Just in time
for the fall election, the Port of Seattle
has managed to generate a juicy controversy. That means voters normally apathetic about the port and its arcane issues can find a way to engage with this $250 million-a-year business, the least known of the major public entities in the Seattle area. Who knows? Maybe the tempest over recently departed port CEO Mic Dinsmore's aborted retirement package will enlighten the public about the real divisions and policy battles going on.
Dinsmore had been a key figure in the past two decades, a man overly fond of perks and very devoted to glad-handing and handshake deals. He probably should have left about three years earlier, when he was recovering from surgery and was weary with battling the anti-Dinsmore faction of the five-member Port of Seattle Commission
. Instead, he hung on, padding his salary and pushing his luck by continuing to operate a public entity like a private company. Dinsmore is said to have been a terrific salesman who operated by doing deals, cultivating personal ties (particularly in China), and pushing the seaport
and Seattle-Tacoma International Airport
to modernize. He lacked a strong strategic sense or top management skills, but he had a lot of influential admirers.
When Dinsmore took over
the top job in the early 1990s, the port had lost its lead in container traffic to Tacoma, had lots of vacant land, and Sea-Tac Airport was badly in need of modernization and was mired in the dispute about the third runway that's finally now being built. Port Commissioner Alec Fisken, who used to cover port matters for Marine Digest
, recalls that the port was so alarmed by loss of the lead over Tacoma that it started looking for a new business model. Instead of being a manager of piers and dockside land primarily, the port recast itself as the prime economic development engine
of the region. It plunged into new ventures, such as development of shoreline conference centers and hotels (urged on by developers and port commissioners such as later-Mayor Paul Schell).
Soon it had built a large bureaucracy. Grand schemes (tourism, biotech) locked up land that smaller businesses wanted to lease. Doing deals with big operators increased the suspicions of cozy, back-room negotiations. Some of the ventures, such as the Odyssey Maritime Museum, proved to be expensive mistakes. Well liked by the Seattle business establishment, Dinsmore was the key to all this. And he was spawning opposition with his brash style and spendthrift ways.
For many years, the commission went along with this largely successful transformation. It might be that backstage deals are the way you really do build infrastructure in a city as process-crazy as Seattle, but you also leave evidence of cozy arrangements that can bring you down with a thud. That appears to be what the retirement package was about. The extra severance payment of $278,000, a benefit only open to employees who have been terminated, was winked and nodded into place. Port Commission President Pat Davis, a stalwart Dinsmore supporter, seems to have alluded to the arrangement in cryptic terms that at least the brand-new commissioners missed, and there may have been an implied quid pro quo to keep Dinsmore on the job, turning down other offers, as the search for his successor went on. Mostly, with the commission badly split over Dinsmore, Davis seems to have dreaded bringing the matter to a public debate and vote, which would have been a doozy.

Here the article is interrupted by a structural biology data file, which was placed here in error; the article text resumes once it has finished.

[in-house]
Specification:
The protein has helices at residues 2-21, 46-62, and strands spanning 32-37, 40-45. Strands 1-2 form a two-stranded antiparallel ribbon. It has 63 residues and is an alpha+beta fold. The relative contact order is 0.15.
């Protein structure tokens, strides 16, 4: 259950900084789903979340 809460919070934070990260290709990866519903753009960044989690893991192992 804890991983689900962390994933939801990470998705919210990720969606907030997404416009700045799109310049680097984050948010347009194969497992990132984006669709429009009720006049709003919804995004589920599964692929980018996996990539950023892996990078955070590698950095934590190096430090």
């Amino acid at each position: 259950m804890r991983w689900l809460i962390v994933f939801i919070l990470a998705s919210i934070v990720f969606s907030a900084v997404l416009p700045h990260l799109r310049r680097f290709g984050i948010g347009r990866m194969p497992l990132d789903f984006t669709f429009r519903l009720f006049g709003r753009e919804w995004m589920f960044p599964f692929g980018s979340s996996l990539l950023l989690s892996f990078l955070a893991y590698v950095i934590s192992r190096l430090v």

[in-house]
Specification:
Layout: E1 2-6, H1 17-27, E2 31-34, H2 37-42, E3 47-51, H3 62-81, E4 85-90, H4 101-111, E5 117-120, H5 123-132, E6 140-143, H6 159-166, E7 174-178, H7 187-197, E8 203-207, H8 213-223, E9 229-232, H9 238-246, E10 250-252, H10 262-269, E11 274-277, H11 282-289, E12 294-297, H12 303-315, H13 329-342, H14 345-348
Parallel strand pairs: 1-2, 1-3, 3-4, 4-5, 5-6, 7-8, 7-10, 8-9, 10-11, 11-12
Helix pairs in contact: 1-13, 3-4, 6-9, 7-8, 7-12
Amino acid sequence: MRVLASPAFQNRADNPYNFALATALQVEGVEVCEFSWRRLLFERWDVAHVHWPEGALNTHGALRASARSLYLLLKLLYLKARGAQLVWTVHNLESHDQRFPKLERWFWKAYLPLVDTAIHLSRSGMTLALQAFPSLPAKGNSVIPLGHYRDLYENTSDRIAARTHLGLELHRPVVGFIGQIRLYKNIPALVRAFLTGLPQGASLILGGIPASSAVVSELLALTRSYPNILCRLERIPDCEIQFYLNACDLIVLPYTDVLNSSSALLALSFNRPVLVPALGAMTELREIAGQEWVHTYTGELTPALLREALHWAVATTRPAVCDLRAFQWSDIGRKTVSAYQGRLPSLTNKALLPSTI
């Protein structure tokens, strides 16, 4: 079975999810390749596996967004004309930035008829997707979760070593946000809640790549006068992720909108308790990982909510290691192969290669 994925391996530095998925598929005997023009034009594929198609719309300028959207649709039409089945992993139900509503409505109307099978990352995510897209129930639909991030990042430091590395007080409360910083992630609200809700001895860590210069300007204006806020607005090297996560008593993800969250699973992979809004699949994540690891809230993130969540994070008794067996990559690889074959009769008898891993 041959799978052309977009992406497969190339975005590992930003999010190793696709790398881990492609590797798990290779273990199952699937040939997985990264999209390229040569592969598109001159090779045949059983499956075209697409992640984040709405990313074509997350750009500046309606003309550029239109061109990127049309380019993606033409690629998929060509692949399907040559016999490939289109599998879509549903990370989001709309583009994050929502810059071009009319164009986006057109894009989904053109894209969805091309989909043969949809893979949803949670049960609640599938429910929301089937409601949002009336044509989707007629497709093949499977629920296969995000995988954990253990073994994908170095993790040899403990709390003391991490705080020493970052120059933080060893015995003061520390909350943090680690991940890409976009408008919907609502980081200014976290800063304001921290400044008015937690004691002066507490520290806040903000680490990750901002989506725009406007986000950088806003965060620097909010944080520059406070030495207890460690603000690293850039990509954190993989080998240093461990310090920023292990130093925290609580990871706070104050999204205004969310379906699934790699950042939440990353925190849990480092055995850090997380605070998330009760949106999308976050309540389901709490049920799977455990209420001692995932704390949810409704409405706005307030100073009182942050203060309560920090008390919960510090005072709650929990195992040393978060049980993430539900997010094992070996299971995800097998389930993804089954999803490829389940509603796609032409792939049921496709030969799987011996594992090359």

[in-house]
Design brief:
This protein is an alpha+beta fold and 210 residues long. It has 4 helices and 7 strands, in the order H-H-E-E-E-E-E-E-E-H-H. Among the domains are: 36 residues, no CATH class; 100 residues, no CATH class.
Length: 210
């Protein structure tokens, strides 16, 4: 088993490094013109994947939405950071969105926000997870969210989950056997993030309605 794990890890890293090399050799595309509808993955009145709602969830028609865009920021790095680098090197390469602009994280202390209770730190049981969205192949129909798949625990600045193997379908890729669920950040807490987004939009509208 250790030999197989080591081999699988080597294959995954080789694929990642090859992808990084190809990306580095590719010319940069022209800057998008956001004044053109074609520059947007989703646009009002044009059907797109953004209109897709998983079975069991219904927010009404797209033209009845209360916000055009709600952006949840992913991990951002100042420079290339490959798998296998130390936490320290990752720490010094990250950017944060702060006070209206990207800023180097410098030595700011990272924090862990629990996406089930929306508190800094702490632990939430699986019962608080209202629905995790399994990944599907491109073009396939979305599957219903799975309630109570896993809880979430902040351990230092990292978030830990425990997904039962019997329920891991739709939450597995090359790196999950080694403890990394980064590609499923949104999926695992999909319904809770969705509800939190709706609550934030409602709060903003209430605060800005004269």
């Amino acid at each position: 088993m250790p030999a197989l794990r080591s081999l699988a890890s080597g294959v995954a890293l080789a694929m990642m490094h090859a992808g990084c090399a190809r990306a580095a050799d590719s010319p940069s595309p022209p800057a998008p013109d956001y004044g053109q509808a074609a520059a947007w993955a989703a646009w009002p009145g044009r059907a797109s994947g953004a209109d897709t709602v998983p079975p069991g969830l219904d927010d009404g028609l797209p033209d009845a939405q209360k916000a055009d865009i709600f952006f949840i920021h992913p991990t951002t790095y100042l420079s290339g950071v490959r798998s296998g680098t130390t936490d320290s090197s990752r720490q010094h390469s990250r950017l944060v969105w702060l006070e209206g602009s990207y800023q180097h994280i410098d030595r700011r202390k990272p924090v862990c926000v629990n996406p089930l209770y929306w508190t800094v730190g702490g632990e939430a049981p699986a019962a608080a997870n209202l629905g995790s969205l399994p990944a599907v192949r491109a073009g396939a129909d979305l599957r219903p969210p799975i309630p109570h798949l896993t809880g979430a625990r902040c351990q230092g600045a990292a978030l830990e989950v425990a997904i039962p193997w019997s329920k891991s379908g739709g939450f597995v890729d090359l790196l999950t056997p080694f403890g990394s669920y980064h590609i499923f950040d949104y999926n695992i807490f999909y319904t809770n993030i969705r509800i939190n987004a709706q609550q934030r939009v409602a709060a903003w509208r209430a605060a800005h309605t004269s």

When the cozy and irregular deal
was discovered by some staffers, it wasn't brought back to Davis, who had signed off on it and might have been persuaded to quietly set the matter right. Instead, the memo she signed "authorizing" the severance (she has no such authority) went right to the media. Dinsmore's toxic deal was nixed by a unanimous vote, Davis was in the doghouse for putting the port in such a bad light, and the issue has a vivid life in the Port Commission races this fall, in which Fisken and Bob Edwards are up for re-election. (Fisken, the chief Dinsmore critic, stoutly denies hearing anything about the deal in any meetings, while Edwards, a Dinsmore ally, changes the subject about what was supposedly said at those meetings and criticises Dinsmore for trying to slip the severance payment through.) All candidates report that the public is plenty riled up about the issue, and Edwards is likely to lose his job over it.
One thing the episode makes clear is that the commission is deeply divided, and the wounds are unlikely to heal anytime soon. Fisken and new commissioner Lloyd Hara are suspicious of the port's secretive ways, as well as the expansive notion of economic development, nourished by the $69 million annual King County property-tax levy they want to scale back. Davis and Edwards have been much more in the Dinsmore camp, leaving the new commission president, John Creighton, as the unpredictable swing vote. If Fisken loses to Bill Bryant, a strong candidate well connected to the business-trade community, the balance could tip back to the Davis faction. If, as seems likely, Edwards loses to Jack Block Jr., a longshoreman with the famous name of his father, who served 27 years on the commission, the balance could tip to the Fisken group. Gael Tarleton, a global strategist at the University of Washington, is another strong challenger to Edwards.